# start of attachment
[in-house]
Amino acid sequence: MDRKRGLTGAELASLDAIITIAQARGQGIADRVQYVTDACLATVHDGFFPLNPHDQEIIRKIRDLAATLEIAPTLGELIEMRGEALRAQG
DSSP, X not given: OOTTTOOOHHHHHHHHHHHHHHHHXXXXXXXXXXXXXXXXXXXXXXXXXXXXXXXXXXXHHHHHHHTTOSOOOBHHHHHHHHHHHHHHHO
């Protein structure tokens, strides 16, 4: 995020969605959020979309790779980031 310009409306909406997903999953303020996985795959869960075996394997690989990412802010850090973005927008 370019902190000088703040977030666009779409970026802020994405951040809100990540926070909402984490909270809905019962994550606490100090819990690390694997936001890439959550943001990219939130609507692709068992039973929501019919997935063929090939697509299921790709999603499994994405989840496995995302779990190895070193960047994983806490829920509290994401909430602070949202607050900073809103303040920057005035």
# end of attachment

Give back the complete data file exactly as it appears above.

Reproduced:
[in-house]
Amino acid sequence: MDRKRGLTGAELASLDAIITIAQARGQGIADRVQYVTDACLATVHDGFFPLNPHDQEIIRKIRDLAATLEIAPTLGELIEMRGEALRAQG
DSSP, X not given: OOTTTOOOHHHHHHHHHHHHHHHHXXXXXXXXXXXXXXXXXXXXXXXXXXXXXXXXXXXHHHHHHHTTOSOOOBHHHHHHHHHHHHHHHO
């Protein structure tokens, strides 16, 4: 995020969605959020979309790779980031 310009409306909406997903999953303020996985795959869960075996394997690989990412802010850090973005927008 370019902190000088703040977030666009779409970026802020994405951040809100990540926070909402984490909270809905019962994550606490100090819990690390694997936001890439959550943001990219939130609507692709068992039973929501019919997935063929090939697509299921790709999603499994994405989840496995995302779990190895070193960047994983806490829920509290994401909430602070949202607050900073809103303040920057005035």